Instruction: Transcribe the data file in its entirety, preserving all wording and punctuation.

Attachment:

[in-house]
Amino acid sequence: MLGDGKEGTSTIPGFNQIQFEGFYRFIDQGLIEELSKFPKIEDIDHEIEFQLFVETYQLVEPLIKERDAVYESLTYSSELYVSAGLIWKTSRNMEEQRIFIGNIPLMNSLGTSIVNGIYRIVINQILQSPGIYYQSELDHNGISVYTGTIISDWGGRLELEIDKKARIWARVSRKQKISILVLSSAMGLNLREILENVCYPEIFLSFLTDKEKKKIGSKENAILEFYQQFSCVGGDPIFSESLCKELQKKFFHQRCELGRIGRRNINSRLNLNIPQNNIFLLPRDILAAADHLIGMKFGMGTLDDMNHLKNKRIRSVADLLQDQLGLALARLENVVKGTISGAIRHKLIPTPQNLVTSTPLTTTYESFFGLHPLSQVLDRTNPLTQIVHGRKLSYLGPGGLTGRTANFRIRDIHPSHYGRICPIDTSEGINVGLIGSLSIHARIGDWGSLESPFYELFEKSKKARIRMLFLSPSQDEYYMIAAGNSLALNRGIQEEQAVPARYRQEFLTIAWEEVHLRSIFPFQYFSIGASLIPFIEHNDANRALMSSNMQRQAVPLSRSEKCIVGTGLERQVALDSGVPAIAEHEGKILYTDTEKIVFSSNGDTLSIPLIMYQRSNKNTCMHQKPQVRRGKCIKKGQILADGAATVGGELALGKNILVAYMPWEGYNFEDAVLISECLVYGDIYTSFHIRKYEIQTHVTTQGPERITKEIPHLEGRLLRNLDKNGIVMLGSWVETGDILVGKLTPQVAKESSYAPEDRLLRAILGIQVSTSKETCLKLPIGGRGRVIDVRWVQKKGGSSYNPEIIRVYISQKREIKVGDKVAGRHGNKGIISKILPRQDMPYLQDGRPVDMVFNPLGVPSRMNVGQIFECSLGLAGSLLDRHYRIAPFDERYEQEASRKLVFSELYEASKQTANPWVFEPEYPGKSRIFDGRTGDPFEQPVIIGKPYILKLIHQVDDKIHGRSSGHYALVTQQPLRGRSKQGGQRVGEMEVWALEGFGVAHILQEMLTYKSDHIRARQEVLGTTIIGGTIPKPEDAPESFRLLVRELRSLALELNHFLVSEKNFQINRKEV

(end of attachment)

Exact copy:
[in-house]
Amino acid sequence: MLGDGKEGTSTIPGFNQIQFEGFYRFIDQGLIEELSKFPKIEDIDHEIEFQLFVETYQLVEPLIKERDAVYESLTYSSELYVSAGLIWKTSRNMEEQRIFIGNIPLMNSLGTSIVNGIYRIVINQILQSPGIYYQSELDHNGISVYTGTIISDWGGRLELEIDKKARIWARVSRKQKISILVLSSAMGLNLREILENVCYPEIFLSFLTDKEKKKIGSKENAILEFYQQFSCVGGDPIFSESLCKELQKKFFHQRCELGRIGRRNINSRLNLNIPQNNIFLLPRDILAAADHLIGMKFGMGTLDDMNHLKNKRIRSVADLLQDQLGLALARLENVVKGTISGAIRHKLIPTPQNLVTSTPLTTTYESFFGLHPLSQVLDRTNPLTQIVHGRKLSYLGPGGLTGRTANFRIRDIHPSHYGRICPIDTSEGINVGLIGSLSIHARIGDWGSLESPFYELFEKSKKARIRMLFLSPSQDEYYMIAAGNSLALNRGIQEEQAVPARYRQEFLTIAWEEVHLRSIFPFQYFSIGASLIPFIEHNDANRALMSSNMQRQAVPLSRSEKCIVGTGLERQVALDSGVPAIAEHEGKILYTDTEKIVFSSNGDTLSIPLIMYQRSNKNTCMHQKPQVRRGKCIKKGQILADGAATVGGELALGKNILVAYMPWEGYNFEDAVLISECLVYGDIYTSFHIRKYEIQTHVTTQGPERITKEIPHLEGRLLRNLDKNGIVMLGSWVETGDILVGKLTPQVAKESSYAPEDRLLRAILGIQVSTSKETCLKLPIGGRGRVIDVRWVQKKGGSSYNPEIIRVYISQKREIKVGDKVAGRHGNKGIISKILPRQDMPYLQDGRPVDMVFNPLGVPSRMNVGQIFECSLGLAGSLLDRHYRIAPFDERYEQEASRKLVFSELYEASKQTANPWVFEPEYPGKSRIFDGRTGDPFEQPVIIGKPYILKLIHQVDDKIHGRSSGHYALVTQQPLRGRSKQGGQRVGEMEVWALEGFGVAHILQEMLTYKSDHIRARQEVLGTTIIGGTIPKPEDAPESFRLLVRELRSLALELNHFLVSEKNFQINRKEV